Biomedical Ethics: Assignment Week 5

Chapter 19

Is Rationing of Health Care Ethically Defensible?


Background Information

• Health care spending is a major concern in many industrialized nations.

• The post-PPACA future promises even greater issues concerning the funding of health care and the demand for services.

• Health care spending poses serious problems both economically and ethically.


Background Information

• A serious debate revolves around the issue of rationing of health care.

• Some maintaining it should never be done. • Some say denying services If beneficial and

desires. • Others say we are already rationing health



Definition of Rationing

• In the strictest sense, we are not rationing health care.

• The basic definition is to provide equal portions of a scarce good to all.

• Rationing is a way of distributing resources outside of the market system.


Definition of Rationing

• In the United States, we have not decided whether health care is a commodity or social good.

• Some authors seem to equate rationing with cost-benefit analysis.

• However, the definition for rationing is not cost benefit analysis.


Definition of Rationing

• Rationing has also been defined as • Distribution of scarce goods, • Prioritization of services, and • Allocation of financial resources. • Rationing is also concerned with limiting

spending by limiting consumption.


Limiting Access

• If accesses is limited, there needs to be a way to define who has access and who does not.

• One way to do this is by chance. • Another way is to determine criteria for



What is a Practical Definition?

• Rationing of health care refers to: • Policies and procedures that result in

individuals being denied services that would be of significant medical benefit to them.

• Rationing occurs for reasons other than absolute scarcity or inability to pay.


Rationing and Ethics

• Health care must compete with other social goods for scarce resources.

• How can a society make an ethics- based decision about where resources should be placed?

• Certain conditions must be met before decisions can be made.


Rationing and Ethics

• Conditions for consideration include: • Policies and procedures for limiting access to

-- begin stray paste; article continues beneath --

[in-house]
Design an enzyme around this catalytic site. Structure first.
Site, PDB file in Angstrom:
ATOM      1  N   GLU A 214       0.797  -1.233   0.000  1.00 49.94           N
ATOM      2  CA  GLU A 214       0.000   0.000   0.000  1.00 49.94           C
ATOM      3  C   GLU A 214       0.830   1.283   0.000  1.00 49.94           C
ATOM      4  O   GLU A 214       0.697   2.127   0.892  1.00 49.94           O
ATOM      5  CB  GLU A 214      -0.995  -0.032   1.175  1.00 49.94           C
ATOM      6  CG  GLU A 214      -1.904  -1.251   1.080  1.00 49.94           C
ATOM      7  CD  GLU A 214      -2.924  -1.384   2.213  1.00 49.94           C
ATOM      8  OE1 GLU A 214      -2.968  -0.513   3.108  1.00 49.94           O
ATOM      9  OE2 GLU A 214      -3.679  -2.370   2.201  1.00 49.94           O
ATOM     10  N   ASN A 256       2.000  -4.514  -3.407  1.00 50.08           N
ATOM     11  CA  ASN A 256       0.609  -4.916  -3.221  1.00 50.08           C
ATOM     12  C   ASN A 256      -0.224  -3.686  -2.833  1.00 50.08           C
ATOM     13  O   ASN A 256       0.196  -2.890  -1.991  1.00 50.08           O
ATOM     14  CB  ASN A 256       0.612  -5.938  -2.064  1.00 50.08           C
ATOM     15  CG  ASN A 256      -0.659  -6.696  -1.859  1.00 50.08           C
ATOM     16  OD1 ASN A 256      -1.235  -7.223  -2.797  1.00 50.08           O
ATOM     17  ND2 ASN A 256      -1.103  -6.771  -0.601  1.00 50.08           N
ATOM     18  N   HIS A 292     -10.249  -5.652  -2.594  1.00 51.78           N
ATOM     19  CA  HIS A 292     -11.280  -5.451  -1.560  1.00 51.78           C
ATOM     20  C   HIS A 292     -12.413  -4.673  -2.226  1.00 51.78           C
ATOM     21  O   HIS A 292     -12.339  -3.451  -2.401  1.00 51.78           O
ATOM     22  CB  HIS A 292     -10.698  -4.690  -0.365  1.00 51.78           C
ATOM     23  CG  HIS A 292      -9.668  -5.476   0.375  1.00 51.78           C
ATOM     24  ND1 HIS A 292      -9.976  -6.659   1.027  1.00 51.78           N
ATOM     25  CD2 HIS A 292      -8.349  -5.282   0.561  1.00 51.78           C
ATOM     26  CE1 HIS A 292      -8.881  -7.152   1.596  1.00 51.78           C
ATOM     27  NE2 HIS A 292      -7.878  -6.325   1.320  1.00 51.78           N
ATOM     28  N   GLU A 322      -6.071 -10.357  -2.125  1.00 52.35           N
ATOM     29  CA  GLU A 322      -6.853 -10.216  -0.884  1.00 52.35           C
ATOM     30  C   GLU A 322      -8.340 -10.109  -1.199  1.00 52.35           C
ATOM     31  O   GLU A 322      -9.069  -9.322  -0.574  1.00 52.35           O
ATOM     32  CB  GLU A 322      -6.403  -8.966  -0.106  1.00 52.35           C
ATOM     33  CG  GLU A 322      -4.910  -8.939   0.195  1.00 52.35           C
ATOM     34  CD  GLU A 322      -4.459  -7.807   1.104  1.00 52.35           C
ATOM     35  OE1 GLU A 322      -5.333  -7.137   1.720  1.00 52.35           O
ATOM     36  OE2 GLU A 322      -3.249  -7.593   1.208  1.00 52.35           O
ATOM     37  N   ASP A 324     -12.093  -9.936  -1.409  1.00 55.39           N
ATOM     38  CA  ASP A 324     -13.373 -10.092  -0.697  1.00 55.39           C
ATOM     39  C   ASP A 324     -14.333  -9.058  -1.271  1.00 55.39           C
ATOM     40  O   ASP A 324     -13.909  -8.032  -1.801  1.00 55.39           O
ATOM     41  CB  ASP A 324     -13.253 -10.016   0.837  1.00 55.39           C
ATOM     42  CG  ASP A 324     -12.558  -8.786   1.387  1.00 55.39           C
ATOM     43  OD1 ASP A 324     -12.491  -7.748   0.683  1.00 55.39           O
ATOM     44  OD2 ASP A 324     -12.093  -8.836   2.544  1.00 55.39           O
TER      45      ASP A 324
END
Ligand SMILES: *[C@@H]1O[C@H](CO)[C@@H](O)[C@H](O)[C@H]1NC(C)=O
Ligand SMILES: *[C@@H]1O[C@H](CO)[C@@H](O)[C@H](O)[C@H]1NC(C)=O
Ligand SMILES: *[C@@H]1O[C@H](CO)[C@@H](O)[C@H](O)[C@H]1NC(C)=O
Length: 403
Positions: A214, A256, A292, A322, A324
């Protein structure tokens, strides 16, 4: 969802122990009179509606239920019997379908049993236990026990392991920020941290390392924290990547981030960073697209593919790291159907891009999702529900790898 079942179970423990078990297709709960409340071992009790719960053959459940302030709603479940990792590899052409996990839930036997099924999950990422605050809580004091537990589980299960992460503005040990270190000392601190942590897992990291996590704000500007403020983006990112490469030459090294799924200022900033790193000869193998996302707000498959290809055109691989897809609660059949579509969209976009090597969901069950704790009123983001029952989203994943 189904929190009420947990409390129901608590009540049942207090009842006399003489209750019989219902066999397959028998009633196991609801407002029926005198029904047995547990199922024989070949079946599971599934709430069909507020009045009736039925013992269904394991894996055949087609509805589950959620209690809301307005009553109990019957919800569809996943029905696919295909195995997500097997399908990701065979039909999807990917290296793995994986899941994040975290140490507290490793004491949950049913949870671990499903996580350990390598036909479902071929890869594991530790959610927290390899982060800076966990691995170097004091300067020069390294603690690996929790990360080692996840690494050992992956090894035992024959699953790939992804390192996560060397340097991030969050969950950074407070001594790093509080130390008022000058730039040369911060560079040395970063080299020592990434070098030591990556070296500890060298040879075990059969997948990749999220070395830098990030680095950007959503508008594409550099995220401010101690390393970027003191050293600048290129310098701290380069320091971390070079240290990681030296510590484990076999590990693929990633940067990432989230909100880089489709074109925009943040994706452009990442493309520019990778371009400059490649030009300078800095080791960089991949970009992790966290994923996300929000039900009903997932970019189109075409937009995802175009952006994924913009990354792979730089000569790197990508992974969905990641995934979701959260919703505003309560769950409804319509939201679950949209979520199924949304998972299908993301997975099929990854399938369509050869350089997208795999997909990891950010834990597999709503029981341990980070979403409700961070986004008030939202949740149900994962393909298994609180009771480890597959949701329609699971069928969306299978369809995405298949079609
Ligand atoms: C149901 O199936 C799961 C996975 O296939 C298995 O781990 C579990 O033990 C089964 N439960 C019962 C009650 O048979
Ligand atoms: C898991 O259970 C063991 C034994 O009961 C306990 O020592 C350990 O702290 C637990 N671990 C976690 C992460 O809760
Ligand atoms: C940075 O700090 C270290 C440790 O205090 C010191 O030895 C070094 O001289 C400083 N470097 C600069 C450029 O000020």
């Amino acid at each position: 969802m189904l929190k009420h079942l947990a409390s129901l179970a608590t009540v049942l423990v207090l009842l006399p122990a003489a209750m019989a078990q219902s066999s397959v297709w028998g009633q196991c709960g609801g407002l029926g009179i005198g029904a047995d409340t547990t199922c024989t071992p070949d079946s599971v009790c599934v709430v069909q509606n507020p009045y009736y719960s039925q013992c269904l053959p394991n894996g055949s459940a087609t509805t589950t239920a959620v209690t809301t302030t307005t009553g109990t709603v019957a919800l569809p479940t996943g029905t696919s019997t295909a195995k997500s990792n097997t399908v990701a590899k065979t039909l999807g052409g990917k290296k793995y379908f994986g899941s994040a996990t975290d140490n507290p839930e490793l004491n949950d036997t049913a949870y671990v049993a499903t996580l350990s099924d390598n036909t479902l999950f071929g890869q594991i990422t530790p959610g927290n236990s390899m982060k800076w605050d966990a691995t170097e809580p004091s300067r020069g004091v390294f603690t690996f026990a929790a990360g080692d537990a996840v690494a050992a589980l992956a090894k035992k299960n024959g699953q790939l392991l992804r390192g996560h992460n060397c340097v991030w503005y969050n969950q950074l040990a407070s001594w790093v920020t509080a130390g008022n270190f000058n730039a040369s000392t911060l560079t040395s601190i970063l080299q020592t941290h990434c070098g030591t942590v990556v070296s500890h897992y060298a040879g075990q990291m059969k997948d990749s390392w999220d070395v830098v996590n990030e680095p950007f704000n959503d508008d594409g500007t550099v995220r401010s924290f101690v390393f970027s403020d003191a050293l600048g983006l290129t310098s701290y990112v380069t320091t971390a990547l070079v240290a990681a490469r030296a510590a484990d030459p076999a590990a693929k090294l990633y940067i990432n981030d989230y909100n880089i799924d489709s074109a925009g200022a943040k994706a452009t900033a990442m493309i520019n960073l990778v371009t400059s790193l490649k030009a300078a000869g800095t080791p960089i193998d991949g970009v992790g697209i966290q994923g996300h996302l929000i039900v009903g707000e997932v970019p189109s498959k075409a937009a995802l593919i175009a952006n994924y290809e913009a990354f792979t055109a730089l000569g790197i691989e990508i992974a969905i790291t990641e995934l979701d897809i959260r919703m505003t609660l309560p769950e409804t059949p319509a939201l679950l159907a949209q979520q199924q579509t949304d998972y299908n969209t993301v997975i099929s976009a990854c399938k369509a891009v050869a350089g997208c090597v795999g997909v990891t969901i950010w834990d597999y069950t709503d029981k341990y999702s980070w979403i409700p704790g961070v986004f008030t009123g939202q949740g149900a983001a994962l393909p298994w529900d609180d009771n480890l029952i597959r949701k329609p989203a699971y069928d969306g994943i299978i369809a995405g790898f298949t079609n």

treatment are applied equitably to all. • Self-imposed limits created through

democratic processes.


Rationing and Ethics

• Conditions for consideration include: • There are other equally important needs

competing for scarce resources. • There are no alternative ways to produce

equivalent savings. • Savings from denied services will benefit other

patients or be invested in equally important social needs.


What About the Real World?

• Assessment of spending on social goods should be made using concrete terms.

• Deployment of resources may be inefficient and should be improved.

• Decisions should be made about what happens to any savings that occurs from rationing.

• Equitable application of rationing policies may not be possible.


Who Makes Rationing Decisions?

• Inclusive and open procedures are considered to be best.

• Some believe that inclusiveness could lead to tragic choices.

• Kantian principles always be considered in making these decisions.

• Democratic principles should be employed even if their role is not clear.


In Summary…


  • Slide Number 1
  • Chapter 19
  • Slide Number 3
  • Background Information
  • Background Information
  • Definition of Rationing
  • Definition of Rationing
  • Definition of Rationing
  • Limiting Access
  • What is a Practical Definition?
  • Rationing and Ethics
  • Rationing and Ethics
  • Rationing and Ethics
  • What About the Real World?
  • Who Makes Rationing Decisions?
  • In Summary…